About

A short bio about photographer Jenn Dickie, who shoots wildlife and nature photography on British Columbia's west coast.

Alone in the Wild

Oct 5, 2017

It is now day 14 and I now find myself as the sole inhabitant of Gil Island, which will be the case for the next 6 days.  I have all the luxuries of modern living (internet, flush toilet, hot shower and red wine) in one of the most remote and stunning places on the planet. The view from my bed in the lab is a 180 degree view of ocean, and wild coastline.  This place is frequented by whales, sea lions, ravens, the occasional wolf or bear and many other creatures.  All of which i have the potential to see while lying in bed.  To top it off I am listening to the sounds of the underwater world, which include humpback whale feeding calls and the occasional pod of passing orca from the hydrophones throughout the area that are broadcast into the lab.  The weather tonight has taken a turn from glorious sunshine to howling winds, and I am now waiting for the rain to begin.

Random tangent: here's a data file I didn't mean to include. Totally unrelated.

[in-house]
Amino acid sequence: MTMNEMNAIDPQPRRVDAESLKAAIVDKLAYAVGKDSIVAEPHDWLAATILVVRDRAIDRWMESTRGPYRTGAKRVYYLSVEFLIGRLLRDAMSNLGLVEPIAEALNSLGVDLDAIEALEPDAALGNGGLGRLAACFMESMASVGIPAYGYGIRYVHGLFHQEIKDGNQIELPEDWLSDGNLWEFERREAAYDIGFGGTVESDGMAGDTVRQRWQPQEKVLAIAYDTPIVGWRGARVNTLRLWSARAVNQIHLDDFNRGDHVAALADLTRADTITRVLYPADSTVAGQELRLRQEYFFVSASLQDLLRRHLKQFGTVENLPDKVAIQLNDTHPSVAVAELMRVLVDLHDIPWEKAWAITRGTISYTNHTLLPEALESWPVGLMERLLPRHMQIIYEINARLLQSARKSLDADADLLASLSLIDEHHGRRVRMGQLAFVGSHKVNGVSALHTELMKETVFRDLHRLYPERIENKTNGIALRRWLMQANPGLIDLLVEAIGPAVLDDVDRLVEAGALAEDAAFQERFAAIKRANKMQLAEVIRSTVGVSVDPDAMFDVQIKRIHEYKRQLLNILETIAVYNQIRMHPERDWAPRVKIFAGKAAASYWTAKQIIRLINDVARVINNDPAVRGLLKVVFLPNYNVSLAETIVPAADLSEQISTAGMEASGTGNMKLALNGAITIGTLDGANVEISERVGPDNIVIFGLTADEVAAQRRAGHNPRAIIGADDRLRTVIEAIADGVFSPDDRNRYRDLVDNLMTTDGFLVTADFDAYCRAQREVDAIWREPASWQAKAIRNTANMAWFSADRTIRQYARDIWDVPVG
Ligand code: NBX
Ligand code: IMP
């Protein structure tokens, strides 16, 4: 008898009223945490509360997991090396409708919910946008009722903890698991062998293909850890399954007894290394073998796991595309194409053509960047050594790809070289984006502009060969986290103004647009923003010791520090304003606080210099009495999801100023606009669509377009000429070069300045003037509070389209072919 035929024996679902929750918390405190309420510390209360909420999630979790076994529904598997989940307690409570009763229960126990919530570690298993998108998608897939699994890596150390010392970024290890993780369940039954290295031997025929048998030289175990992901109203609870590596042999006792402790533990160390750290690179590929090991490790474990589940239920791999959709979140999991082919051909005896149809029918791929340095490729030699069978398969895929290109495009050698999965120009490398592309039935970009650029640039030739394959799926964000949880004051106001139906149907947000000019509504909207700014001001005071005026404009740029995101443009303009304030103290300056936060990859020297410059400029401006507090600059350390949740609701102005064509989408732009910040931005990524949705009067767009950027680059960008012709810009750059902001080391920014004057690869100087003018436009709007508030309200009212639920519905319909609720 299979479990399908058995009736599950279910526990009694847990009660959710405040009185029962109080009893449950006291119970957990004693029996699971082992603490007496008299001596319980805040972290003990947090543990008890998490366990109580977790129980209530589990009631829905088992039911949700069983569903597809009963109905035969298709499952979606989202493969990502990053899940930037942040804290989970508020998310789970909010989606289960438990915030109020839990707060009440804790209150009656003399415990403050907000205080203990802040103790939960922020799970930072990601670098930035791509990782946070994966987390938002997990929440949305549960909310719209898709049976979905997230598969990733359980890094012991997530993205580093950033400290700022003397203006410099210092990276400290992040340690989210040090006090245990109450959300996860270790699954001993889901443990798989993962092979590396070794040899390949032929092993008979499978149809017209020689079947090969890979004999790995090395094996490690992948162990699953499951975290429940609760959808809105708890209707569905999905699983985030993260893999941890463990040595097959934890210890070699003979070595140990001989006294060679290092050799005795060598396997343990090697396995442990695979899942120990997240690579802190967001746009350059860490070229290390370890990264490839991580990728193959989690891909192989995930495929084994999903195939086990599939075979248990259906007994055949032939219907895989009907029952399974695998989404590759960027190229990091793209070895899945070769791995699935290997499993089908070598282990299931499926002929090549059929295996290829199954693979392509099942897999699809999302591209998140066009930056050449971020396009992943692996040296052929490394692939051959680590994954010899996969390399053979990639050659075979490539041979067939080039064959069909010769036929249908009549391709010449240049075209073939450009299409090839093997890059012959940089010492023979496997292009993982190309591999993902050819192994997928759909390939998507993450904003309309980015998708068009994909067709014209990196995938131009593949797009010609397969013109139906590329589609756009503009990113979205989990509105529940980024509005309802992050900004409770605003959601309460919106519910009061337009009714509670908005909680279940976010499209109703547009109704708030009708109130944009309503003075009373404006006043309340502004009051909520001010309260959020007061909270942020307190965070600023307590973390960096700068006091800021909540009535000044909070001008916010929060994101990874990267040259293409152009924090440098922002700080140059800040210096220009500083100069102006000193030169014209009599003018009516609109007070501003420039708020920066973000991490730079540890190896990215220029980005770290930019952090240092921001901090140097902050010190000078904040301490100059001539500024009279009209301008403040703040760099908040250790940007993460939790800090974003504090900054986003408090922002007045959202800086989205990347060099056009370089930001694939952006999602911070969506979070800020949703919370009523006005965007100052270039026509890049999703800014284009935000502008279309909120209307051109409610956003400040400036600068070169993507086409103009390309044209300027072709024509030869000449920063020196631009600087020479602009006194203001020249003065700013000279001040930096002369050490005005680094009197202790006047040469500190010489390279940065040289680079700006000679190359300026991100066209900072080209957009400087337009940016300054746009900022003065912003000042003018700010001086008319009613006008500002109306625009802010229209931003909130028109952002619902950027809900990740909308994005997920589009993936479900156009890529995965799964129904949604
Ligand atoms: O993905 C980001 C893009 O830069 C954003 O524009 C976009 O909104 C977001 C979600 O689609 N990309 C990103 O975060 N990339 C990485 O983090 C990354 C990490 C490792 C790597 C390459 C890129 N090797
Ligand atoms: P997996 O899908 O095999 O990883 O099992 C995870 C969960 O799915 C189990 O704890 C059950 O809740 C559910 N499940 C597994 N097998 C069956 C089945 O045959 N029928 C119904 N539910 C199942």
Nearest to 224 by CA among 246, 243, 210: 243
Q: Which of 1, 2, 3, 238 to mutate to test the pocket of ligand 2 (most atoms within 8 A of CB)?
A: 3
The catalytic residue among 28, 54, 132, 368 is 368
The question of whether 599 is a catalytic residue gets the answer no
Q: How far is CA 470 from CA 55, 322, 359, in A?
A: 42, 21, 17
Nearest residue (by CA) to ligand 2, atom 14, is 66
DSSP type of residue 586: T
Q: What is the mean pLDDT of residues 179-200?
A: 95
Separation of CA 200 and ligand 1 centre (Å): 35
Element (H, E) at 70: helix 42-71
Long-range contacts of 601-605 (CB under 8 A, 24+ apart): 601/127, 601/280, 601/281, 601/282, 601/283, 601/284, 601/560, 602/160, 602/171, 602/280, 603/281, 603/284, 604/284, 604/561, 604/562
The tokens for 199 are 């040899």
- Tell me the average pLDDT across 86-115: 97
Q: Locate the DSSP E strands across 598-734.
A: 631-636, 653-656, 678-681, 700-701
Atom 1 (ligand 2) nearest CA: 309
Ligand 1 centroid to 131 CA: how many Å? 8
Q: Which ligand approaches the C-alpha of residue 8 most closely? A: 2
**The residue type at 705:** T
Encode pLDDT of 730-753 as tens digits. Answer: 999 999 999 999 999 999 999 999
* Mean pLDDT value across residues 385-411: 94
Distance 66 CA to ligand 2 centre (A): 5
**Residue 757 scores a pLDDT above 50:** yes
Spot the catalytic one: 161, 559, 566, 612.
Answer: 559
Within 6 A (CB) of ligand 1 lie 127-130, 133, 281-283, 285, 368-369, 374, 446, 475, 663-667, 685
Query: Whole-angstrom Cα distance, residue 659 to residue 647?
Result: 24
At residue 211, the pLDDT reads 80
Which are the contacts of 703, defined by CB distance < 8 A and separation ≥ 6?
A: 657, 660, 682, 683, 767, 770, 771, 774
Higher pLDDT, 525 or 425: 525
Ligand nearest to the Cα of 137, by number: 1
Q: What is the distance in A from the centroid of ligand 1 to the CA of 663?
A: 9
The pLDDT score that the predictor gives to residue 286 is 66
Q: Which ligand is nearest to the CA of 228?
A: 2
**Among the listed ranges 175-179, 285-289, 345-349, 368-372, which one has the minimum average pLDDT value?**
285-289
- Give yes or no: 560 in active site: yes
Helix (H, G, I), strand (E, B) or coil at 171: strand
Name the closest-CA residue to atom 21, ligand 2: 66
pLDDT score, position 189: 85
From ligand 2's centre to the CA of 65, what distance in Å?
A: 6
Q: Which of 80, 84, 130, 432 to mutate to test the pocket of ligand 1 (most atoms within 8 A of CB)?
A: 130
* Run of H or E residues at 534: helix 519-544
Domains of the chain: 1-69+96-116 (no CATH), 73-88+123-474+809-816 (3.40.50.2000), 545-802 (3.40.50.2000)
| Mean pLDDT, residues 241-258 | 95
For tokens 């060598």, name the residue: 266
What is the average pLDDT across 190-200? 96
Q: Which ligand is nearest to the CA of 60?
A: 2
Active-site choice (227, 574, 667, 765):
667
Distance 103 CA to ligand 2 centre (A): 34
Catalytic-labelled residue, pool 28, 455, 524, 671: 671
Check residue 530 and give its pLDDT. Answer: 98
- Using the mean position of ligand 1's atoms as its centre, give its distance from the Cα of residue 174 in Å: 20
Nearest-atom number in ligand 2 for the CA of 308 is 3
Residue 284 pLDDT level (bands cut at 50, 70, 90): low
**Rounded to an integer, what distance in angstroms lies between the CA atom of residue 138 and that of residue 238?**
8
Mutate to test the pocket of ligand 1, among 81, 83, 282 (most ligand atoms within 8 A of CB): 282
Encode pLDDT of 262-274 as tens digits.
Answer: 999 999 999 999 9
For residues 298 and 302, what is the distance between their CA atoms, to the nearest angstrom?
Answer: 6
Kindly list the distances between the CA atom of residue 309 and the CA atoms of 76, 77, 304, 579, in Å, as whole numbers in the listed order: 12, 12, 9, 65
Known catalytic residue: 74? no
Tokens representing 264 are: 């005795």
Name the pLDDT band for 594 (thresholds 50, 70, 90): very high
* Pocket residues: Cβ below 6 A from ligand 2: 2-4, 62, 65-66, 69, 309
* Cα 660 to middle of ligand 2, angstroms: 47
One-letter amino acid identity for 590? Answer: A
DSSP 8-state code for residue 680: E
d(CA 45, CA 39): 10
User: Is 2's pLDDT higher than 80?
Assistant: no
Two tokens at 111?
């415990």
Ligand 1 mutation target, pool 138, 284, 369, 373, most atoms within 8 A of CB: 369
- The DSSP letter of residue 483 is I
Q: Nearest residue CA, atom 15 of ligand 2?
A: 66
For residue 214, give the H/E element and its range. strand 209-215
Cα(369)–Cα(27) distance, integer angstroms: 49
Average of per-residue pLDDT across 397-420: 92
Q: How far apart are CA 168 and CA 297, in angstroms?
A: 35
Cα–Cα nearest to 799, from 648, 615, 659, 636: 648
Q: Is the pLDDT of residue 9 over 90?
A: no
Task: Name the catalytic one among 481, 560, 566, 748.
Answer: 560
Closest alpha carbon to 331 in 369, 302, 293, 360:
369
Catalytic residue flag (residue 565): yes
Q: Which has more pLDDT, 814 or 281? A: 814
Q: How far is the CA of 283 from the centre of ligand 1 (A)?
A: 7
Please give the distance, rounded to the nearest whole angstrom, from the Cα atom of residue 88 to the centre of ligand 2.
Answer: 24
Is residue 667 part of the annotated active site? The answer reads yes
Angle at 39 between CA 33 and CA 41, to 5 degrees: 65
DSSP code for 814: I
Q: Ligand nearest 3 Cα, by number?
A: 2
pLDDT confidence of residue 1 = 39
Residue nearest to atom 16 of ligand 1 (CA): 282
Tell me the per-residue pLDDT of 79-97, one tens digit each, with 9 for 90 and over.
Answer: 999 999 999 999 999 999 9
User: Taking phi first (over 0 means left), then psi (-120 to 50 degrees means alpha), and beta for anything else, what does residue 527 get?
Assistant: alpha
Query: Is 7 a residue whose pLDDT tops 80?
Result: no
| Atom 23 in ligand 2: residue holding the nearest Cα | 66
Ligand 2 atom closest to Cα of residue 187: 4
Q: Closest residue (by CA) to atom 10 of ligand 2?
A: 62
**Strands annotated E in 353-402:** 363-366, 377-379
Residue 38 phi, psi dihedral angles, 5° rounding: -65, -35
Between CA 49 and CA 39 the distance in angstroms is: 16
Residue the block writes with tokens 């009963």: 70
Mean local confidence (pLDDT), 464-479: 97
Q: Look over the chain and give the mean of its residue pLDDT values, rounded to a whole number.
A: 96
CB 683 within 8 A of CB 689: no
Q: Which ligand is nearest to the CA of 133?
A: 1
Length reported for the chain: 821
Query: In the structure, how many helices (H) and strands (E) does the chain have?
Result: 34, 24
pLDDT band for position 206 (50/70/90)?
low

My trip thus far has been action packed, full of amazing wildlife encounters and wonderful people.  We spend the first week at the new cabin on Fin Island (no internet, no shower and bucket for a toilet, but we did have red wine :).  I awoke on my first morning to a gasp from Janie as a Humpback breached a mere 20 meters from the cabin and sat up just in time see the giant splash that is created when a 30 tonne mammal thrusts is body out of the water then comes crashing back down.  Our first 24 hours were full of activity, that put even my most lofty hopes for the new research cabin to shame (breaching. bubble net feeding, tail slapping, sea lions, seals, sandhill cranes, and even a lone sea otter who stopped by for a moment), I had lost count of the number of breaching whales had seen by the second day.   

On Saturday we moved down to Whale Point, which is the original research station I have been to many times.  There is a film crew here working on a documentary called The Whale and the Raven about the research that Janie and Hermann having been doing which I have now become a part of.   We spent from dawn to dusk on the boat yesterday doing a whale survey and where all blown away by the sheer number of whales and the types of encounters we experienced.  Between the group of us the day was well documented by a professional videographer, sound technician, drone pilot, whale researcher and myself as the photographer on the boat.  We must have encountered 40 individual humpback whales followed by a pod of orca, breaching in the setting sun on our way home. Even i was shocked my the number of photographs I managed to take in one day, and plan to spend the rainy day expected tomorrow sifting threw them all.  


Oct 20, 2107